The EPB believes the network is good for business. So does the Chattanooga Area Chamber of Commerce, which quickly mobilized when word came down that the 1-gig service was in the planning stage. One of the first things everyone realized at the time, said J.Ed. Marston, the chamber’s vice president of marketing, was that Chattanooga had a reputation problem. “Chattanooga is not at the top of mind when you say ‘world-class technology,’” Marston said.

So the mayor, the chamber of commerce and other leaders started selling the city to the rest of the world. One of the first steps Marston and his colleagues took was to apply to the Intelligent Community Forum, a New York City-based think tank that operates an annual contest identifying cities around the world that are utilizing technology to grow their economy. The forum named Chattanooga a Top 7 intelligent community in 2011, and the positive headlines snowballed from there. Marston believes millions of people have now heard about the city’s broadband one way or another — within the U.S. and abroad. The news traveled as far as Brisbane, Australia, where Littlefield was shocked that a technology company he was visiting knew all about Chattanooga’s new claim to fame.

City officials and several private partners are trying to keep the momentum rolling with a new program slated for summer 2012 called The Gig Tank. Teams of entrepreneurs and students will be given temporary office space in Chattanooga as they work on viable business plans that use the city’s unique network. “You can’t do that anywhere else in the United States, because we are the only place where you can launch the thing and test it with a real-life market,” Marston said. A $300,000 prize pool will be at stake for the best ideas.

The ultimate goal is to convert the network into new jobs, and there are already examples of economic activity, Marston said. A local radiologist’s business requires hospitals and other medical facilities to send in large files, and the network’s fast uploading has saved the doctor lots of time. Another company recently opened a call center in Chattanooga partly because of the high-speed connectivity. A for-profit business incubator called the Lamp Post Group has several startups under its roof, some of which are tech-focused, including social media data company Retickr and a logistics company called Access America Transport. “We are still very early in the game, and we have had some tremendous results — a lot of interest and activity,” Marston said. Fully assessing the network’s impact on job creation will take several years.

Chattanooga’s story seems almost too good to be true. After all, only a few years have passed since a string of big municipal broadband projects imploded — from flawed business plans or lack of customers. Marston said other cities would be wise to take pointers from Chattanooga’s decisions. One key ingredient for success is building the project around the public utility if a community has one. The EPB built its entire business plan around the smart grid and the savings that would be achieved by reducing power outages, Marston said. “Everything else — the data capabilities, TV, telephone and all that other stuff — ends up being gravy.”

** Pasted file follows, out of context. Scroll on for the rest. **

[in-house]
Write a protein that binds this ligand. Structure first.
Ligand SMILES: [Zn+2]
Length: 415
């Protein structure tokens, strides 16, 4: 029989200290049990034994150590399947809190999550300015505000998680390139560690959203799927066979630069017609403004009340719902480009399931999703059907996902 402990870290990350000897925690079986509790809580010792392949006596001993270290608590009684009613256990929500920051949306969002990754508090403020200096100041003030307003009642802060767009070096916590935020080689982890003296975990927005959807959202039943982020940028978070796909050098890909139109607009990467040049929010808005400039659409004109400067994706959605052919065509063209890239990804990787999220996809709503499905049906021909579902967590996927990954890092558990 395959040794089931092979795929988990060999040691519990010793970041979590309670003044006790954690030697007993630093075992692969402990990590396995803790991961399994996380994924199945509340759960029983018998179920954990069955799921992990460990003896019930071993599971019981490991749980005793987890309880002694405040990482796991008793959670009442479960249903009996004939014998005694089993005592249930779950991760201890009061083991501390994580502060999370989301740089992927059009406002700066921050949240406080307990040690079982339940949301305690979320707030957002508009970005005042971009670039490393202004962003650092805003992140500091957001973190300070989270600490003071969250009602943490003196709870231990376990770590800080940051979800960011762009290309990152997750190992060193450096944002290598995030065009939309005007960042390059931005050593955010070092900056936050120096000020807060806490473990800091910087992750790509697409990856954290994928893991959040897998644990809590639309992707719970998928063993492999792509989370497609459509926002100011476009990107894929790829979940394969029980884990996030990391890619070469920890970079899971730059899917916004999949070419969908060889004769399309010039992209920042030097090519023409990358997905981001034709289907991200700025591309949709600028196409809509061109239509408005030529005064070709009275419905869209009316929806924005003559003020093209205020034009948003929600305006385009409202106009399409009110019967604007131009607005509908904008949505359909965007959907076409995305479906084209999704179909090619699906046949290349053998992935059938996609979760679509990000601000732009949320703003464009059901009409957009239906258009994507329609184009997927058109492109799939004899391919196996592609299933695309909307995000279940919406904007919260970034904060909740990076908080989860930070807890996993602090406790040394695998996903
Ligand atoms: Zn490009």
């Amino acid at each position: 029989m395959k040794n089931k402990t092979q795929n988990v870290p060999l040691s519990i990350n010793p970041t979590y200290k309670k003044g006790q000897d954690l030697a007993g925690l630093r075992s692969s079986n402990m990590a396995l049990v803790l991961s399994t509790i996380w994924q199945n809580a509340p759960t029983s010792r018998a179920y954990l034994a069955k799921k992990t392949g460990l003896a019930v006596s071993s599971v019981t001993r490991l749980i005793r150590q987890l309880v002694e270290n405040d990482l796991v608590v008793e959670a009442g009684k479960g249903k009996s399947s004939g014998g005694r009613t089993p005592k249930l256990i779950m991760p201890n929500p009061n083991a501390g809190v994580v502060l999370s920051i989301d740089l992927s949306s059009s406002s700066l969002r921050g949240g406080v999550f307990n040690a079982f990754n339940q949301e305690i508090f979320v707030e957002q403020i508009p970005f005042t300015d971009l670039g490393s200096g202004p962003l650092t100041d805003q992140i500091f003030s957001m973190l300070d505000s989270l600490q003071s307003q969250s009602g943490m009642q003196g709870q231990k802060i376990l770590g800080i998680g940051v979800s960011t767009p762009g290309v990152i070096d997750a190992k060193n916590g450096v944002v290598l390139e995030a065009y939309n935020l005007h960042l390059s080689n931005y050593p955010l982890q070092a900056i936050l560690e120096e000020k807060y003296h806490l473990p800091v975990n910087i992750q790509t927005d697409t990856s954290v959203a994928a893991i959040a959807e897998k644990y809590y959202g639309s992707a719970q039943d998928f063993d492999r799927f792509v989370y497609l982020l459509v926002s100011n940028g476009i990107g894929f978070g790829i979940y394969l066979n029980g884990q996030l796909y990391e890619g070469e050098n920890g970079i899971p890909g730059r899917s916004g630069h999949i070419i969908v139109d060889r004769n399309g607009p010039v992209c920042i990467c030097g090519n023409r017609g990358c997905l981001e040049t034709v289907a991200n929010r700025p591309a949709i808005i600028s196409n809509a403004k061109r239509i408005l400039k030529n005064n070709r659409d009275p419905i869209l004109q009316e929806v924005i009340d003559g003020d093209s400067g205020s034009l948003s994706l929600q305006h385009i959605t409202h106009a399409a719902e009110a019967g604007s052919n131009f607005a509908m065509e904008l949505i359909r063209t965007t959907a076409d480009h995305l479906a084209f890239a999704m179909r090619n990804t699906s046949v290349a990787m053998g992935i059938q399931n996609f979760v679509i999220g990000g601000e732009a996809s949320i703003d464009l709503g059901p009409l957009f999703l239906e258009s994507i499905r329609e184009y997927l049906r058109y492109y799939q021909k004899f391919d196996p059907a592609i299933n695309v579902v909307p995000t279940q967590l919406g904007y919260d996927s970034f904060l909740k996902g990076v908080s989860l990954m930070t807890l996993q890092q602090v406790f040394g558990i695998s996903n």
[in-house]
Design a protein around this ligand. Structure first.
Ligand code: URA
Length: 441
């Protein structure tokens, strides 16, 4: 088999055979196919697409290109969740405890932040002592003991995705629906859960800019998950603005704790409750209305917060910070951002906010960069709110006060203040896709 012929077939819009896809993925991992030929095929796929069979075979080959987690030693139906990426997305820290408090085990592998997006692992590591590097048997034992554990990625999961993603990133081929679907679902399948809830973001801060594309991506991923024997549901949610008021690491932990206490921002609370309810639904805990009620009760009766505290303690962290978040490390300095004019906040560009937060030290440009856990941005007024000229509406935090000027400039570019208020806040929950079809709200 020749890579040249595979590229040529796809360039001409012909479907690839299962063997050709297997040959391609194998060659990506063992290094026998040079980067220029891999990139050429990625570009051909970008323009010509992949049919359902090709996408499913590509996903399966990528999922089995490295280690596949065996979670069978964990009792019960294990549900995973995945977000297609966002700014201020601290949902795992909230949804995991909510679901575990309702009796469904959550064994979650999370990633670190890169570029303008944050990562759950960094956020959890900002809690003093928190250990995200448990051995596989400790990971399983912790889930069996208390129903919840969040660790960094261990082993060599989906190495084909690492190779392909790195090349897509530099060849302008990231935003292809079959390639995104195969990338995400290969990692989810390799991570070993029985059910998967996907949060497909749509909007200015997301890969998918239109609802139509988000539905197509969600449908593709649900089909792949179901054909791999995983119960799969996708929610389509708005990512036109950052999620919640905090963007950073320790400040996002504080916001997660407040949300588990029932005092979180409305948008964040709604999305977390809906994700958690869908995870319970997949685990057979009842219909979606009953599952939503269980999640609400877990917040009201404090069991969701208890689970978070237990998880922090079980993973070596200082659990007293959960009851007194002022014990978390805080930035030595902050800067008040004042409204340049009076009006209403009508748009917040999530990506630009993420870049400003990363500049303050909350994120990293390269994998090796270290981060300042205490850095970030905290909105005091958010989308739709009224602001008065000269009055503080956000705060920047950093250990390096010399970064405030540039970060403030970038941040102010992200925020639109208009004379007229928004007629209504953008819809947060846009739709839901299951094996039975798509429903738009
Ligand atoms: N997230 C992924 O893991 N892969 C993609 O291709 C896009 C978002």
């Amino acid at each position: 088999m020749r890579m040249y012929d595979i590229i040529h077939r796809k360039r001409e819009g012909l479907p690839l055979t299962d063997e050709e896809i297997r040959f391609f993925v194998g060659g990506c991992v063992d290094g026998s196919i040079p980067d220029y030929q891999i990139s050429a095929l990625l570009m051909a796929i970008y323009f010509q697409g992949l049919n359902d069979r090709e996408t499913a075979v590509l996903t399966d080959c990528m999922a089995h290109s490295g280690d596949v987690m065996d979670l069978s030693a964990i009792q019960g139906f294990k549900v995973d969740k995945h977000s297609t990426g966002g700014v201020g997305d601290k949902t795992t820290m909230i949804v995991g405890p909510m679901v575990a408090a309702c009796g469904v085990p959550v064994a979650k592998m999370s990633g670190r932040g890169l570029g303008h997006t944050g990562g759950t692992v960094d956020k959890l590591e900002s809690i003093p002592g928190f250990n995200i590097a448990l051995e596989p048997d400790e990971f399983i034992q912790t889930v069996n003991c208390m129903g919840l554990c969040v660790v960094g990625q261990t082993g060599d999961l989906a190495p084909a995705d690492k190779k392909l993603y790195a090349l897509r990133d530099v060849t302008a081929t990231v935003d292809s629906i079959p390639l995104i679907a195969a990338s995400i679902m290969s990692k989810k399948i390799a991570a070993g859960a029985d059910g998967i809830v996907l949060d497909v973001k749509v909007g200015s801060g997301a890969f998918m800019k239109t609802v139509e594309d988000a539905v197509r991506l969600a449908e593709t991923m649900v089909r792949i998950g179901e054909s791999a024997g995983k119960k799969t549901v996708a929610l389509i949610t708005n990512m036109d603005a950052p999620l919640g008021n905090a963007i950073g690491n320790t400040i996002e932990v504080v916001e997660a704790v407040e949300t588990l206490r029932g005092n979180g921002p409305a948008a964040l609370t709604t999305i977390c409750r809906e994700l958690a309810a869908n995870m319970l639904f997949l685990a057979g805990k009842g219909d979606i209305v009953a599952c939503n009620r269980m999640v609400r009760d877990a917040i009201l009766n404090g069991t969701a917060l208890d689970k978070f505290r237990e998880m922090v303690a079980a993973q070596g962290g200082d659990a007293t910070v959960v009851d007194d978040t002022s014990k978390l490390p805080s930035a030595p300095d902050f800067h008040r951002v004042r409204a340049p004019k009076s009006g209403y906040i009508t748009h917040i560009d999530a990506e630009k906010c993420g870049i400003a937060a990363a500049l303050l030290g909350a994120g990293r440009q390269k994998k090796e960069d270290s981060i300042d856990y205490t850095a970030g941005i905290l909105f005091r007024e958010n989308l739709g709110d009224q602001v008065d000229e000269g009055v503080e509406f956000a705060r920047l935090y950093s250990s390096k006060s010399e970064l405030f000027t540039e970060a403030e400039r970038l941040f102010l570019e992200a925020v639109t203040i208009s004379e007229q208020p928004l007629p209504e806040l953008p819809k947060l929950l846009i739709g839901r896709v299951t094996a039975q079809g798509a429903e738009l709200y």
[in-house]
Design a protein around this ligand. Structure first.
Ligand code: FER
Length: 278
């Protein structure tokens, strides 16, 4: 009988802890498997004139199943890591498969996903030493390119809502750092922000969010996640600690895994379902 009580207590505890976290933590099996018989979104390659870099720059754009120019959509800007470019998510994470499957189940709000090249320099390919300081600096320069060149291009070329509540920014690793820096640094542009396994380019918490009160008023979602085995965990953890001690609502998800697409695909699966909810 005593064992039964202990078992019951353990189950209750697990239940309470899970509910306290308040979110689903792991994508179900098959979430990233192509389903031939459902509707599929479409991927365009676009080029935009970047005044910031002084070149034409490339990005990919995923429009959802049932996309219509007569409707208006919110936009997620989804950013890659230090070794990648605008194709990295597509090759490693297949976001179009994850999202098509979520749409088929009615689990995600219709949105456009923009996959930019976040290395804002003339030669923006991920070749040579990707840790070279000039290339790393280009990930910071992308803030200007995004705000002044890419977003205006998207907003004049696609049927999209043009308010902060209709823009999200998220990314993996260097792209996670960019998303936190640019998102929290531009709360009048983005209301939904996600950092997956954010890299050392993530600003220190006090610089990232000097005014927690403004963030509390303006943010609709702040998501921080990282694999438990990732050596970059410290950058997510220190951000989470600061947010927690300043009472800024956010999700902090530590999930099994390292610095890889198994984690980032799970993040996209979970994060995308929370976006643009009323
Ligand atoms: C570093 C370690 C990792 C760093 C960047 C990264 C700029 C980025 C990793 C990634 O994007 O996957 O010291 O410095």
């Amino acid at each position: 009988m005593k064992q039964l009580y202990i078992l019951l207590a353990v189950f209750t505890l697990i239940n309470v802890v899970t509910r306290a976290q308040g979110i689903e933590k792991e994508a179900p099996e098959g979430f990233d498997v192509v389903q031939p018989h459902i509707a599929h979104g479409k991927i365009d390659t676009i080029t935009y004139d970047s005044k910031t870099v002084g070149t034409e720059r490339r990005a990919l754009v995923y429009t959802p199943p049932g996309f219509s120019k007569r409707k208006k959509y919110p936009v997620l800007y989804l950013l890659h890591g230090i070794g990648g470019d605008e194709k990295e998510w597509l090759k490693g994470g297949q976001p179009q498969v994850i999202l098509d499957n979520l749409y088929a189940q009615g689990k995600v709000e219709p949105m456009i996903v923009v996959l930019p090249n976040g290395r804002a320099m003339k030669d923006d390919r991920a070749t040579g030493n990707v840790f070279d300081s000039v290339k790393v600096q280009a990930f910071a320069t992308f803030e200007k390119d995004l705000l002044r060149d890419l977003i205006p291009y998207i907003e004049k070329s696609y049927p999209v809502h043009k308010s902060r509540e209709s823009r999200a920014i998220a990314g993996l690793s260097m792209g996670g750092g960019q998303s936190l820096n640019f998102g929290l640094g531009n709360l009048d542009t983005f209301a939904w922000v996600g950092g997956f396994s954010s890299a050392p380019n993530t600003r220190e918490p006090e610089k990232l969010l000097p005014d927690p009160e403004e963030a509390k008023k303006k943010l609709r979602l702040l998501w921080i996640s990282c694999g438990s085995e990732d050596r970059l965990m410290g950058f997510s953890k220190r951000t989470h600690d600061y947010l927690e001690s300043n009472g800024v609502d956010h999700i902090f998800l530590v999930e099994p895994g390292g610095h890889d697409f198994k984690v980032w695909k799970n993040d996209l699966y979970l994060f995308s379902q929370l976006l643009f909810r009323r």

Littlefield, a city planner by trade, said having a solid plan in place is an obvious must. “It’s easy for them to say that you had the good fortune of just falling into a pot of gold with the stimulus funds. And that is true,” he said. “But we had already planned it out that it would pay for itself.” And stubbornness is another necessity. Littlefield said Chattanooga was sued on four separate occasions by incumbent Internet service providers as the city and EPB moved ahead with their plan. But they didn’t give up.

The mayor also cautions that a community hoping to become home to a 1-gig network shouldn’t expect to be unique for long. In February, Google began installing cable for a similar network in Kansas City, Kan. Like in Chattanooga, IP-based television will be one of the services available. A coalition of 30 U.S. research universities called Gig.U also is ramping up its broadband ambitions. Chattanooga is trying to take advantage of its short window of opportunity — in other words, its uniqueness — before the rest of the world catches up.

Nobody knows for sure where Chattanooga will go from here — and that’s the exciting part. The EPB’s Wade said that when the public utility was founded, the industry was replacing kerosene with light bulbs. Who could imagine that an electricity provider would be in the TV business? He’s excited to see how it continues to evolve in the next 10 years. “I think Chattanooga has a vision for its community for being something greater than it is,” Wade said.

Littlefield is also embracing the unknown. Digital technology is a tool that cities are only beginning to explore, he said. “The most exciting thing that I can say is, I cannot predict — I have some idea about what it’s going to do in the short run, but long term, I can’t even begin to imagine what it is going to lead to."
Matt Williams is a contributing writer for Emergency Management magazine.